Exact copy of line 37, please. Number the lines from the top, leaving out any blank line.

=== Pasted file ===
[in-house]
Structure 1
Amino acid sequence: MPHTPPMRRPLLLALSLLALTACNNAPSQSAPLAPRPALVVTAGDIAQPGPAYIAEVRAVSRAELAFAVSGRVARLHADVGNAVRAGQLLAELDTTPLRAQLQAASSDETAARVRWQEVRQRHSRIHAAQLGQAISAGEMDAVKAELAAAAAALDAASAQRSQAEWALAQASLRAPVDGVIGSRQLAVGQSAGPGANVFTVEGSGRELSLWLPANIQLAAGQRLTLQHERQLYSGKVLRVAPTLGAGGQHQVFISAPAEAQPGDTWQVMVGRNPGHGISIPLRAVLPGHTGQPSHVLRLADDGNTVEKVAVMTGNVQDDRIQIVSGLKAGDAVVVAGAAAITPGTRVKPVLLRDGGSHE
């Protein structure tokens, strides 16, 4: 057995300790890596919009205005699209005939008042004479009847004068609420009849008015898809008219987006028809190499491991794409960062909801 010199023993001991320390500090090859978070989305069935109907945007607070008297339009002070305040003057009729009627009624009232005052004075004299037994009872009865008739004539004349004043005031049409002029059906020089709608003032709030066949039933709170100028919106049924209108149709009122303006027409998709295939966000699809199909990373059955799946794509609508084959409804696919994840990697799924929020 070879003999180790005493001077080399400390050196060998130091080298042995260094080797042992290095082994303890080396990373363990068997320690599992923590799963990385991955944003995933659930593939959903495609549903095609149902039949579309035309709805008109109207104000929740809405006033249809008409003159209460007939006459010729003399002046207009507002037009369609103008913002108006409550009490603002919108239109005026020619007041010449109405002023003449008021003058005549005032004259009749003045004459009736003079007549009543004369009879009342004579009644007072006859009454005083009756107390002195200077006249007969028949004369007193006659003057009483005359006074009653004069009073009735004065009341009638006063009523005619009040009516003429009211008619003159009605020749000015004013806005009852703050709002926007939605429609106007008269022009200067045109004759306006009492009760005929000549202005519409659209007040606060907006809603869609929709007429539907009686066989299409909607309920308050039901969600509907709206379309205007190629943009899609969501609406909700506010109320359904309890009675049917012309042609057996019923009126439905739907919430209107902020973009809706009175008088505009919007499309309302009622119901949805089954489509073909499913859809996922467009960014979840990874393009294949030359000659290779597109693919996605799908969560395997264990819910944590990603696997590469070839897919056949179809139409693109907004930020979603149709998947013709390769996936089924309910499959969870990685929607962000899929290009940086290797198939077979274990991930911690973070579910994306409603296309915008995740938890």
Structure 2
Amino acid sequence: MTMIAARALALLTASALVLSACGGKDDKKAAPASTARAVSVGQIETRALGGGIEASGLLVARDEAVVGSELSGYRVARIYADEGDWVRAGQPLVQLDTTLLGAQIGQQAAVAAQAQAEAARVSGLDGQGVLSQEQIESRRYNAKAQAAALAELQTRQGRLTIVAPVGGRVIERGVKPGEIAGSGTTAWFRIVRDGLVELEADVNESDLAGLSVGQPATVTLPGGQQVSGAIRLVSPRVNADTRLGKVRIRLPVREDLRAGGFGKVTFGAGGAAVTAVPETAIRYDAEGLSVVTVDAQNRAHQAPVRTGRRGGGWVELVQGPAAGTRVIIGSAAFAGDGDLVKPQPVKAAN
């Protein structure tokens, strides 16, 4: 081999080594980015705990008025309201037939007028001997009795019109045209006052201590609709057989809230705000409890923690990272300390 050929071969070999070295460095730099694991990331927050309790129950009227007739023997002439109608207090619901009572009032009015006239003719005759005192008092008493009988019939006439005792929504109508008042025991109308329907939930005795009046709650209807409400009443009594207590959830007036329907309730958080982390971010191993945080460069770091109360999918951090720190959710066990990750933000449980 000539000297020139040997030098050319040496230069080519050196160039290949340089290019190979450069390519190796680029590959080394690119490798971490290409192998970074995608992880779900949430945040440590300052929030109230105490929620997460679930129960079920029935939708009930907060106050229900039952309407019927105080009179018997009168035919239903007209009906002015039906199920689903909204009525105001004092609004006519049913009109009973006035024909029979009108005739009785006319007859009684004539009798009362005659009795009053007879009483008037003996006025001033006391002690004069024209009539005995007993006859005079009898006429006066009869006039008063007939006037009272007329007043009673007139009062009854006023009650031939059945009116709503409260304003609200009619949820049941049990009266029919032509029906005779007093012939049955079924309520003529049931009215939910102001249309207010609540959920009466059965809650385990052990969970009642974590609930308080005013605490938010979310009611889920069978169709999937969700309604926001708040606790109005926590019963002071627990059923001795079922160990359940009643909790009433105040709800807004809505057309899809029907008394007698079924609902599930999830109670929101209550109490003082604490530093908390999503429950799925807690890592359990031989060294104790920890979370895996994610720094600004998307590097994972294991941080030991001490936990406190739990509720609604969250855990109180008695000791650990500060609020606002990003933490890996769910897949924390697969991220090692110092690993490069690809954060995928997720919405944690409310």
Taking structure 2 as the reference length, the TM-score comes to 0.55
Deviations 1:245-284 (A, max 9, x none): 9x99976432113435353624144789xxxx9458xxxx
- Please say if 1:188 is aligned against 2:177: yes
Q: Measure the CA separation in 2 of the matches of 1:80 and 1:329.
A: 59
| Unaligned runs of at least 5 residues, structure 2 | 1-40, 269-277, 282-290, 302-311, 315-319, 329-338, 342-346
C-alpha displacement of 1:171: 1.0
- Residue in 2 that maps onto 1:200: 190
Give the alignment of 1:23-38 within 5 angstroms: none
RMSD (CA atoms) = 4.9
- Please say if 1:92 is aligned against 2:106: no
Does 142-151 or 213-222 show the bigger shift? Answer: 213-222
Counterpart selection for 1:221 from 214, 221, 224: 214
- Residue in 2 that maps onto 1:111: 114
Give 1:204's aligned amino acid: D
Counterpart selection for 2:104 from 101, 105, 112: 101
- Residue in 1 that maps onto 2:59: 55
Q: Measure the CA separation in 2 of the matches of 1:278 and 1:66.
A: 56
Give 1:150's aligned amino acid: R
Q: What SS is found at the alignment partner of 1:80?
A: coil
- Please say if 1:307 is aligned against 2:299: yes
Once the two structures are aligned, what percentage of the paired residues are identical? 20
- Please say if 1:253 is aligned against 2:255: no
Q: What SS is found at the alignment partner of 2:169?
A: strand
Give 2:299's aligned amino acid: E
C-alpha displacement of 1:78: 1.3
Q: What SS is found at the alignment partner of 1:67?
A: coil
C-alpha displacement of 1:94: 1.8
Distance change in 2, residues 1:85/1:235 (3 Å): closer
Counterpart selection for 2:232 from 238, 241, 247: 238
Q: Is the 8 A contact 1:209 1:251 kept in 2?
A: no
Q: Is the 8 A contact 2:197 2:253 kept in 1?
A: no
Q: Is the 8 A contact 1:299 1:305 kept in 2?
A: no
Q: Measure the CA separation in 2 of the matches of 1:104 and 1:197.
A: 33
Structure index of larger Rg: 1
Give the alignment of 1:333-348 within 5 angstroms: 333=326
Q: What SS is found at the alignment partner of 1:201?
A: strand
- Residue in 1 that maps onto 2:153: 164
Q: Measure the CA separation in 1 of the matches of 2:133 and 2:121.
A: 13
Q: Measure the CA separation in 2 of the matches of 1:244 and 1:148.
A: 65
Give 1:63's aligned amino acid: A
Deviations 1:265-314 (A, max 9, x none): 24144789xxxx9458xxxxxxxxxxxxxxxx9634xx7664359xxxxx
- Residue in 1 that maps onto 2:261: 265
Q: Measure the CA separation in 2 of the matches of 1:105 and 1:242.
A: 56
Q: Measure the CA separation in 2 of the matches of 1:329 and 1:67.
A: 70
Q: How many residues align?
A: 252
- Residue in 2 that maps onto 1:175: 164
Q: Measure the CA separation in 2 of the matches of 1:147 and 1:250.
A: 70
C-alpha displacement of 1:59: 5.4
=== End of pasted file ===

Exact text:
Q: What SS is found at the alignment partner of 1:67?